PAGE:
Visual Arts Curator Essence Harden, who organized Deborah Roberts: I’m, is joined by Leigh Raiford, Professor of African American Studies at the University of California at Berkeley, to discuss Roberts’s practice and works on view at Art + Practice. Harden and Raiford previously co-curated Plumb Line: Charles White and the Contemporary at CAAM in 2019, which featured work by Roberts. This talk takes place at Art + Practice in Leimert Park.
Essence Harden is a visual arts curator and program manager at the California African American Museum and an independent arts writer. Essence has curated exhibitions at California African American Museum (CAAM), Antenna Gallery (New Orleans), Los Angeles Contemporary Exhibitions (LACE), Museum of the African Diaspora (MoAD), Human Resources (Los Angeles), Oakland Museum of California, UTA Artist Space, El Segundo Museum of Art (ESMoA), Subliminal Projects, Eduardo Secci Contemporary (2022), the Orange County Museum of Art (2022), amongst others. Essence is a contributor to New York Times Magazine (2022), the Los Angeles Times Magazine: Image, SSENSE, Art21, Contemporary Art Review LA (CARLA), Artsy, LALA, Cultured Magazine, Performa Magazine, and SFAQ: International Arts and Culture and has written catalog entries for Prospect 5: Yesterday we said tomorrow; Brave New Worlds: Exploration of Space: Palm Springs Art Museum; and What Needs to Be Said: Hallie Ford Fellows Exhibition. Essence has also served as an art consultant for film and television. Essence is a 2018 recipient of The Creative Capital, Andy Warhol Foundation Arts Writers Grant, and a 2020 Annenberg Innovation Lab Civic Media Fellow.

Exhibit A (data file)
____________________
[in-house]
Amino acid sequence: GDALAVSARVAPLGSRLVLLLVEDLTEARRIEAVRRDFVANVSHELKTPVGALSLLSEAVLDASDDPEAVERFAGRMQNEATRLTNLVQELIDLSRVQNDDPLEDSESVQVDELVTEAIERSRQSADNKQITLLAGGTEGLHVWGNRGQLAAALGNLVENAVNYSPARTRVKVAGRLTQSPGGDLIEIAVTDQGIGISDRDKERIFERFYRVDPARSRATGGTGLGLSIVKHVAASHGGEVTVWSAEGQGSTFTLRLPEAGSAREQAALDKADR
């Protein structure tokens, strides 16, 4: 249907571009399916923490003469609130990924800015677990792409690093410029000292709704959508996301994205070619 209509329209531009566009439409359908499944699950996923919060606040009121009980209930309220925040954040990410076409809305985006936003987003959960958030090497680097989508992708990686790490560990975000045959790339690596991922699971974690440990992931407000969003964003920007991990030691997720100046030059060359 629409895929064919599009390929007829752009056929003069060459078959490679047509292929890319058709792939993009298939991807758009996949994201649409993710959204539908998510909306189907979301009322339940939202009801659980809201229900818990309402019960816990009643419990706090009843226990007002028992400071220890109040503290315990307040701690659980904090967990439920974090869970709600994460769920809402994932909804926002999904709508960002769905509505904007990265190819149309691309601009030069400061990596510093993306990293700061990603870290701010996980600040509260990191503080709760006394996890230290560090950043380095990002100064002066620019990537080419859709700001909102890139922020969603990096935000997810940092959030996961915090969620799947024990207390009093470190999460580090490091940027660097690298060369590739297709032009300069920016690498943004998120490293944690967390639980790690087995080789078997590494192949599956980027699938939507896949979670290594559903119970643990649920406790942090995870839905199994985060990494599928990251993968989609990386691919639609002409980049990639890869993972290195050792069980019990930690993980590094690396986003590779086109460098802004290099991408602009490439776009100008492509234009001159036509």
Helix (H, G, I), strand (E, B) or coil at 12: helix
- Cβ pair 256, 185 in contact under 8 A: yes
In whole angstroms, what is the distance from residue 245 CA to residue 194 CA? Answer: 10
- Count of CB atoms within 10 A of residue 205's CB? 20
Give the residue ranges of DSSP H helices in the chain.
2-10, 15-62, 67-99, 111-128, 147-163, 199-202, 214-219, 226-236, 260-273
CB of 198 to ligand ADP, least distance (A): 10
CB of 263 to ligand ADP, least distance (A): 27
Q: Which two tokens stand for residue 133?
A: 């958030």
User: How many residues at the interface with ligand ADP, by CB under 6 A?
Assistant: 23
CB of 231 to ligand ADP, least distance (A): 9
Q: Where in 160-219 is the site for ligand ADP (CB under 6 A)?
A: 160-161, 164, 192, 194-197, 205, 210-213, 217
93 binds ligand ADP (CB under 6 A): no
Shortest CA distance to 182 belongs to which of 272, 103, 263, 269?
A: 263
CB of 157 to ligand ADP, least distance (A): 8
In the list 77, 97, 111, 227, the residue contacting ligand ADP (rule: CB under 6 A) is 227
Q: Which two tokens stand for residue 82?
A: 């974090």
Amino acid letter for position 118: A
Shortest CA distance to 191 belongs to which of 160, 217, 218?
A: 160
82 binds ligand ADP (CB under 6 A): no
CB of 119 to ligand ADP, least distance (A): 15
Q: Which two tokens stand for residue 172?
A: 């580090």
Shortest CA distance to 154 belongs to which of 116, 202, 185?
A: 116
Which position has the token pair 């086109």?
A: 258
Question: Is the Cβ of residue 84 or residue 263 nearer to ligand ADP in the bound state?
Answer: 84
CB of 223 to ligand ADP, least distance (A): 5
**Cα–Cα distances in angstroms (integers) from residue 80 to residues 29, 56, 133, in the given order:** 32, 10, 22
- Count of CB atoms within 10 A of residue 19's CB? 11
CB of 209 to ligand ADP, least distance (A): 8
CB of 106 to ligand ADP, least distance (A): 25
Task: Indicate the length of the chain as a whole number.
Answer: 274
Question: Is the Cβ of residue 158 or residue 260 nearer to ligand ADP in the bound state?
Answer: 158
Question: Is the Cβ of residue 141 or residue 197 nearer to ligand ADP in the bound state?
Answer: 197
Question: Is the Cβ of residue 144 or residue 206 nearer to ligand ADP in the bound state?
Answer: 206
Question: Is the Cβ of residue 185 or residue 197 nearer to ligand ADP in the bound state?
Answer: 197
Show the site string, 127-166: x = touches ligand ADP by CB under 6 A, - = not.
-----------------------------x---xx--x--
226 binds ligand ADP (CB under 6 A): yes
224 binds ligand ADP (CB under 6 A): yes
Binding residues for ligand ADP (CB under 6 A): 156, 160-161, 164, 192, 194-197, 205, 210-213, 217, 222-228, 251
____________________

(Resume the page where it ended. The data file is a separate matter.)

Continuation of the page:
Essence graduated Magna Cum Laude with a Bachelor of Arts in History and received their Master of Arts from the Department of African American Studies at UC Berkeley. Essence is a Ph.D. Candidate (ABD) in African Diaspora Studies at UC Berkeley.
Essence resides in Los Angeles, CA.
Leigh Raiford (she/they) is Professor of African American and African Diaspora Studies at the University of California, Berkeley, where she teaches, researches, curates and writes about race, gender, justice and visuality. At Berkeley, Raiford is also Co-Director and co-Principal Investigator with Tianna S. Paschel of the Black Studies Collaboratory, a three year initiative to amplify the world-building work of Black Studies funded by the Andrew W. Mellon Foundation.
Raiford is the author of Imprisoned in a Luminous Glare: Photography and the African American Freedom Struggle; co-editor with Heike Raphael-Hernandez of Migrating the Black Body: Visual Culture and the African Diaspora; and co-editor with Renee Romano of The Civil Rights Movement in American Memory. Raiford is Series Editor with Sarah Lewis and Deborah Willis of Vision and Justice, a new imprint of Aperture Books. Raiford’s work has appeared in academic journals including Art Journal, American Quarterly, Small Axe, and NKA: Journal of Contemporary African Art; and popular venues including Artforum, Aperture, and Atlantic.com. Raiford has written essays about the work of a number of contemporary Black artists, including LaToya Ruby Frazier, Toyin Ojih Odutola, and Dawoud Bey. In 2019, she co-curated the group shows Plumb Line: Charles White and the Contemporary at the California African American Museum, Los Angeles (with Essence Harden) and About Things Loved: Blackness and Belonging at the Berkeley Art Museum/Pacific Film Archive.
Raiford is currently completing two books: Collaboration: A Potential History of Photography co-conceived with Ariella Aïsha Azoulay, Wendy Ewald, Susan Meiselas and Laura Wexler (Thames and Hudson, 2023); and When Home is a Photograph: Blackness and Belonging in the World (forthcoming Duke UP).